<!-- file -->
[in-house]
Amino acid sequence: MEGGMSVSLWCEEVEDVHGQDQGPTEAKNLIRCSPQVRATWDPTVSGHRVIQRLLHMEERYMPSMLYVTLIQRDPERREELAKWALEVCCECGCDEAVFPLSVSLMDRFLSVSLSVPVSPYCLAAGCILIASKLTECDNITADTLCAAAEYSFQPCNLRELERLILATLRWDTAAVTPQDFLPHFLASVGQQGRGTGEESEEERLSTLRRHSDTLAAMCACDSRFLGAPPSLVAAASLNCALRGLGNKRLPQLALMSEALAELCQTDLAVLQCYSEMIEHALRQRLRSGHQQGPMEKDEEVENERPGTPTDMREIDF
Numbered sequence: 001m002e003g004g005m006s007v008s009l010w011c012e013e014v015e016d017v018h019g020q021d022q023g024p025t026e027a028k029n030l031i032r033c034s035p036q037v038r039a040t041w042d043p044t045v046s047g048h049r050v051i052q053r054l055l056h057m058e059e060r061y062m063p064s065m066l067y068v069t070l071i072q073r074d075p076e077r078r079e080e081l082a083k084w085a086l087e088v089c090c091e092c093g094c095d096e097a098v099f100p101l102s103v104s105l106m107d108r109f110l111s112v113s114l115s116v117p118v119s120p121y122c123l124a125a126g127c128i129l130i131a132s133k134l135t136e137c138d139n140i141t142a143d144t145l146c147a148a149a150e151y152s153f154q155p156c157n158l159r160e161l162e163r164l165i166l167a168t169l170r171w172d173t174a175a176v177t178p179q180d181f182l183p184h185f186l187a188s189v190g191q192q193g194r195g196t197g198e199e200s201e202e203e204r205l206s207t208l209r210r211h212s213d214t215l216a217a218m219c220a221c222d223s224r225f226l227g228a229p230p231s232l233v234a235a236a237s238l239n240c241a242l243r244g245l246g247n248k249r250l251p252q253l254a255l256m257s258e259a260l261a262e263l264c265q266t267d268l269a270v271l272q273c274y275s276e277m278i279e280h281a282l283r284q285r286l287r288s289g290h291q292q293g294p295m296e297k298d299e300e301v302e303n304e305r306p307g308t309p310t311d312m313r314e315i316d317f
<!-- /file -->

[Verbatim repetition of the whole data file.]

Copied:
[in-house]
Amino acid sequence: MEGGMSVSLWCEEVEDVHGQDQGPTEAKNLIRCSPQVRATWDPTVSGHRVIQRLLHMEERYMPSMLYVTLIQRDPERREELAKWALEVCCECGCDEAVFPLSVSLMDRFLSVSLSVPVSPYCLAAGCILIASKLTECDNITADTLCAAAEYSFQPCNLRELERLILATLRWDTAAVTPQDFLPHFLASVGQQGRGTGEESEEERLSTLRRHSDTLAAMCACDSRFLGAPPSLVAAASLNCALRGLGNKRLPQLALMSEALAELCQTDLAVLQCYSEMIEHALRQRLRSGHQQGPMEKDEEVENERPGTPTDMREIDF
Numbered sequence: 001m002e003g004g005m006s007v008s009l010w011c012e013e014v015e016d017v018h019g020q021d022q023g024p025t026e027a028k029n030l031i032r033c034s035p036q037v038r039a040t041w042d043p044t045v046s047g048h049r050v051i052q053r054l055l056h057m058e059e060r061y062m063p064s065m066l067y068v069t070l071i072q073r074d075p076e077r078r079e080e081l082a083k084w085a086l087e088v089c090c091e092c093g094c095d096e097a098v099f100p101l102s103v104s105l106m107d108r109f110l111s112v113s114l115s116v117p118v119s120p121y122c123l124a125a126g127c128i129l130i131a132s133k134l135t136e137c138d139n140i141t142a143d144t145l146c147a148a149a150e151y152s153f154q155p156c157n158l159r160e161l162e163r164l165i166l167a168t169l170r171w172d173t174a175a176v177t178p179q180d181f182l183p184h185f186l187a188s189v190g191q192q193g194r195g196t197g198e199e200s201e202e203e204r205l206s207t208l209r210r211h212s213d214t215l216a217a218m219c220a221c222d223s224r225f226l227g228a229p230p231s232l233v234a235a236a237s238l239n240c241a242l243r244g245l246g247n248k249r250l251p252q253l254a255l256m257s258e259a260l261a262e263l264c265q266t267d268l269a270v271l272q273c274y275s276e277m278i279e280h281a282l283r284q285r286l287r288s289g290h291q292q293g294p295m296e297k298d299e300e301v302e303n304e305r306p307g308t309p310t311d312m313r314e315i316d317f